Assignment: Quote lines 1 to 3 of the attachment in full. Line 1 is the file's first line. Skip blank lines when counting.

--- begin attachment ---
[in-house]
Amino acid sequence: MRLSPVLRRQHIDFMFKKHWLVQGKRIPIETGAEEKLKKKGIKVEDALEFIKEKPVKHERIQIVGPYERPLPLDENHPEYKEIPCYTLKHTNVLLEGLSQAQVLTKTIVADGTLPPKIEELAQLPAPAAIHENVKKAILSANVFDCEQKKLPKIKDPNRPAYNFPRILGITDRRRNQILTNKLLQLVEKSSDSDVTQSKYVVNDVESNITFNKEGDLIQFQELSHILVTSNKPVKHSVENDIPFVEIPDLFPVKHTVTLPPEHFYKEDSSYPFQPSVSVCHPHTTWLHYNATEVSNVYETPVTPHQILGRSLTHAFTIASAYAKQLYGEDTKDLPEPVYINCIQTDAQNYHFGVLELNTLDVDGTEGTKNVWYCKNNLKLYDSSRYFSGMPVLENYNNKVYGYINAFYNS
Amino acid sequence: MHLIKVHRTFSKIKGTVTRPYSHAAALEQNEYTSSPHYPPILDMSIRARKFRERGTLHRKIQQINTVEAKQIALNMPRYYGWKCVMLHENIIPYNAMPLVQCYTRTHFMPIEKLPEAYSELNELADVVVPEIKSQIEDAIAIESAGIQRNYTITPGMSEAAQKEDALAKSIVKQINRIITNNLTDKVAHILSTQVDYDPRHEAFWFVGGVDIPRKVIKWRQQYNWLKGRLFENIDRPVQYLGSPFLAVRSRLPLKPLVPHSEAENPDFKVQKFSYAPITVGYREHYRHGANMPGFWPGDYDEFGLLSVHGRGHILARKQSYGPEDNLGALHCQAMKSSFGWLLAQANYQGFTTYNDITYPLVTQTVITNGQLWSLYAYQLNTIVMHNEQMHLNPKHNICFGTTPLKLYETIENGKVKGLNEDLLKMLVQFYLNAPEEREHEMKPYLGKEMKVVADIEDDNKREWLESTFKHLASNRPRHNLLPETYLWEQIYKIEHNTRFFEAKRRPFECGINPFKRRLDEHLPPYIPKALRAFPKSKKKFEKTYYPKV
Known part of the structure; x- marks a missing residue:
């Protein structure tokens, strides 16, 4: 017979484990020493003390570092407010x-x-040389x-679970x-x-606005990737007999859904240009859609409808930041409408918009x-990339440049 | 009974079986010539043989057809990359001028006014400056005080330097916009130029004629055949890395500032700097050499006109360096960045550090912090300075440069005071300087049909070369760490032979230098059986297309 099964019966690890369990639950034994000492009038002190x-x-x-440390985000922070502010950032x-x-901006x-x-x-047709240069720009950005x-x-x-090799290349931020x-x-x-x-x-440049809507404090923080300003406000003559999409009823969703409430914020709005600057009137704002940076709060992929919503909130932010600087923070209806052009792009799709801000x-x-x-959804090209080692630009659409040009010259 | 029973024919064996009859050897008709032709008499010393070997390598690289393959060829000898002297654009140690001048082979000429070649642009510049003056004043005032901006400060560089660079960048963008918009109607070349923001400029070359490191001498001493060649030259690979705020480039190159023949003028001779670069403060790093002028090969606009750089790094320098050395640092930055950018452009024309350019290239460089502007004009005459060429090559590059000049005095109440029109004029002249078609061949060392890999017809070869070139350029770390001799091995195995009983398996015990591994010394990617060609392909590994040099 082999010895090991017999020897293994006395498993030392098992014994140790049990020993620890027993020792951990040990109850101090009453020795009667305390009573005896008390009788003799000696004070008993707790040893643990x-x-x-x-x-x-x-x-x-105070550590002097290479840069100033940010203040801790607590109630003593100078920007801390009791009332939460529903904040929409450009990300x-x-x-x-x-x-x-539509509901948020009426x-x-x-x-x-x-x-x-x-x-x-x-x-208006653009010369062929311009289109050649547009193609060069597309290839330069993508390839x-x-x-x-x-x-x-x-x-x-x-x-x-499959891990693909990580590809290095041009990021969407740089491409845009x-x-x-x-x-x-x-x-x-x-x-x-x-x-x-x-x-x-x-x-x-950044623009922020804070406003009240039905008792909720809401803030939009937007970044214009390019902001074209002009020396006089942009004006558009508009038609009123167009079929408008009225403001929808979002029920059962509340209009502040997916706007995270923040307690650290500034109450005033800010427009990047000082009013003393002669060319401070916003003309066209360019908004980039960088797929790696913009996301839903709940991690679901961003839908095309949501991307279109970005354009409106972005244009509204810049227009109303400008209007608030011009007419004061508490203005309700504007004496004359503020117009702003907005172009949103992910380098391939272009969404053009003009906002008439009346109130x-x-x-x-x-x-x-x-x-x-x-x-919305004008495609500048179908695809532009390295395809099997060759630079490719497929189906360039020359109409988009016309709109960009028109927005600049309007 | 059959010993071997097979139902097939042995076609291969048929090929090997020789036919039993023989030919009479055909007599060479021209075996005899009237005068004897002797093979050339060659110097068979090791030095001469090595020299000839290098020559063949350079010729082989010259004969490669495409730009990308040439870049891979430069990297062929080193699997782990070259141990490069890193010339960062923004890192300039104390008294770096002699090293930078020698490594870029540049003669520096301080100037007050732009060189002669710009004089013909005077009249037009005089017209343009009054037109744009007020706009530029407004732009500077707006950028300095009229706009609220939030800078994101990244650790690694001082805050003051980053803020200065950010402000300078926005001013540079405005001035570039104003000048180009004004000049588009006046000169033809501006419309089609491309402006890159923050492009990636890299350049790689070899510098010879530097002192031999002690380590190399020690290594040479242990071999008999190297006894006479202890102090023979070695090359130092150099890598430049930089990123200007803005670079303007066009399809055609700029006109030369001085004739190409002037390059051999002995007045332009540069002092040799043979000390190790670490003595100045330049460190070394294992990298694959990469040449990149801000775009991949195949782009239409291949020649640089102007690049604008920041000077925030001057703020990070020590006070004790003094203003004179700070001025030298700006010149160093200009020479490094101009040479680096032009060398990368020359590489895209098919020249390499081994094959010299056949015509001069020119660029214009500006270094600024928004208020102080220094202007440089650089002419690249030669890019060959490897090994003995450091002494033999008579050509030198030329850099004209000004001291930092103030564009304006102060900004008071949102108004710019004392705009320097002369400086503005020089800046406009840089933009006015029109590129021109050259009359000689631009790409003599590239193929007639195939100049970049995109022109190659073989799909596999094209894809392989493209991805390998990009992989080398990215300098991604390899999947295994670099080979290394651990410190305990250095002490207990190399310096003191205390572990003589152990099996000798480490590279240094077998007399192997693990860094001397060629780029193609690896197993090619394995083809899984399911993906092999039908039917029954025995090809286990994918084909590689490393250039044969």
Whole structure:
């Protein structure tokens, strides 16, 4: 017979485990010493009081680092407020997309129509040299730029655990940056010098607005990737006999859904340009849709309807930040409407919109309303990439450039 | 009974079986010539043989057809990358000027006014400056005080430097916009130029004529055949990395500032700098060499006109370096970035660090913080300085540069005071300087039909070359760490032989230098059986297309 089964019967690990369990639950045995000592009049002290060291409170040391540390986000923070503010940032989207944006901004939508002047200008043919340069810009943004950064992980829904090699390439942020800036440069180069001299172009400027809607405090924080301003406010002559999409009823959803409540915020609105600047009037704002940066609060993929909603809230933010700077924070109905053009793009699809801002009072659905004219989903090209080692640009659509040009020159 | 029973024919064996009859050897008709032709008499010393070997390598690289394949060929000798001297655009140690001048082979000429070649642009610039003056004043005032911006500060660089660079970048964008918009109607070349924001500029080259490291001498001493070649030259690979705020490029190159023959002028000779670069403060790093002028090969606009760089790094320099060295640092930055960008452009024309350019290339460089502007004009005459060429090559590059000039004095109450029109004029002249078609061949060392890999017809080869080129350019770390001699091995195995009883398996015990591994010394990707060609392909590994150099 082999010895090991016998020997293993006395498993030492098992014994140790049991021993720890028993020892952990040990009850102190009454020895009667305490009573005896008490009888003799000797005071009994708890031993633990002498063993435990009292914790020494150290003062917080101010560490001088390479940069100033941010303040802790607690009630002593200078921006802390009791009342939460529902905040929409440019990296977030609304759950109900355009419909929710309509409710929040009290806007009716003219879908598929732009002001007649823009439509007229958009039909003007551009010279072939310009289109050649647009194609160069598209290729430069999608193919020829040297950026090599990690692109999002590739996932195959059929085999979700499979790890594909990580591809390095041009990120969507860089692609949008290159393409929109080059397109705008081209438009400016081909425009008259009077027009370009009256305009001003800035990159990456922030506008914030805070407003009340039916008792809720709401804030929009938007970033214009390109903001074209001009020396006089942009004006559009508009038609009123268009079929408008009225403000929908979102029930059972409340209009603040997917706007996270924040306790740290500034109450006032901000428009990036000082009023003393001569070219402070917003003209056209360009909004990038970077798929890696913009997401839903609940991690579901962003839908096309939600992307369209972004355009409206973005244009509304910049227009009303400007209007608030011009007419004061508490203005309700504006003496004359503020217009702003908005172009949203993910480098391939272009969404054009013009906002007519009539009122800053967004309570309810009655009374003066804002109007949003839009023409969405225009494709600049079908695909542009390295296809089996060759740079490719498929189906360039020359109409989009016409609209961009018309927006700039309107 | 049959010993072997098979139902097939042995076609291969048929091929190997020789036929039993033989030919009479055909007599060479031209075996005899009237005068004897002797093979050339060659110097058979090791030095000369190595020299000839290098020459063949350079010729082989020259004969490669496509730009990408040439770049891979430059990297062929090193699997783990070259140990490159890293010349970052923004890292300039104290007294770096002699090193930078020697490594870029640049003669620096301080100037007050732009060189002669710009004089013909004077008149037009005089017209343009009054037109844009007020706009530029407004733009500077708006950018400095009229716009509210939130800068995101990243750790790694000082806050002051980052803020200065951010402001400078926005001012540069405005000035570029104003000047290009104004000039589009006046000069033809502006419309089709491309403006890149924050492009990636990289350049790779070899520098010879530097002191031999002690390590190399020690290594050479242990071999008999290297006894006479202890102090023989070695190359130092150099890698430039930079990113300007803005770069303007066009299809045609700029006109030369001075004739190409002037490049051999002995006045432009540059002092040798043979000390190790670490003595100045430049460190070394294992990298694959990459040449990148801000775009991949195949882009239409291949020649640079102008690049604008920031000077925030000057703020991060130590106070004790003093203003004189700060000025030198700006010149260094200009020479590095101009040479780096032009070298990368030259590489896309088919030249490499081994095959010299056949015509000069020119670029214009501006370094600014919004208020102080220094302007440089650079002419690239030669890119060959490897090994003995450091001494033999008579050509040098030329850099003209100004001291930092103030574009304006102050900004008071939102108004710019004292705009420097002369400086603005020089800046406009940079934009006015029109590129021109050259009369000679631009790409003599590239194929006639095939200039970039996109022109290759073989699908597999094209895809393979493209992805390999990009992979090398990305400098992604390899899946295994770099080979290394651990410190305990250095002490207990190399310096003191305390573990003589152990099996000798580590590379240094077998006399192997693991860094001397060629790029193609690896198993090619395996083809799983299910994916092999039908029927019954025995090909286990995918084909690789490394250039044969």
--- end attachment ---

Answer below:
[in-house]
Amino acid sequence: MRLSPVLRRQHIDFMFKKHWLVQGKRIPIETGAEEKLKKKGIKVEDALEFIKEKPVKHERIQIVGPYERPLPLDENHPEYKEIPCYTLKHTNVLLEGLSQAQVLTKTIVADGTLPPKIEELAQLPAPAAIHENVKKAILSANVFDCEQKKLPKIKDPNRPAYNFPRILGITDRRRNQILTNKLLQLVEKSSDSDVTQSKYVVNDVESNITFNKEGDLIQFQELSHILVTSNKPVKHSVENDIPFVEIPDLFPVKHTVTLPPEHFYKEDSSYPFQPSVSVCHPHTTWLHYNATEVSNVYETPVTPHQILGRSLTHAFTIASAYAKQLYGEDTKDLPEPVYINCIQTDAQNYHFGVLELNTLDVDGTEGTKNVWYCKNNLKLYDSSRYFSGMPVLENYNNKVYGYINAFYNS
Amino acid sequence: MHLIKVHRTFSKIKGTVTRPYSHAAALEQNEYTSSPHYPPILDMSIRARKFRERGTLHRKIQQINTVEAKQIALNMPRYYGWKCVMLHENIIPYNAMPLVQCYTRTHFMPIEKLPEAYSELNELADVVVPEIKSQIEDAIAIESAGIQRNYTITPGMSEAAQKEDALAKSIVKQINRIITNNLTDKVAHILSTQVDYDPRHEAFWFVGGVDIPRKVIKWRQQYNWLKGRLFENIDRPVQYLGSPFLAVRSRLPLKPLVPHSEAENPDFKVQKFSYAPITVGYREHYRHGANMPGFWPGDYDEFGLLSVHGRGHILARKQSYGPEDNLGALHCQAMKSSFGWLLAQANYQGFTTYNDITYPLVTQTVITNGQLWSLYAYQLNTIVMHNEQMHLNPKHNICFGTTPLKLYETIENGKVKGLNEDLLKMLVQFYLNAPEEREHEMKPYLGKEMKVVADIEDDNKREWLESTFKHLASNRPRHNLLPETYLWEQIYKIEHNTRFFEAKRRPFECGINPFKRRLDEHLPPYIPKALRAFPKSKKKFEKTYYPKV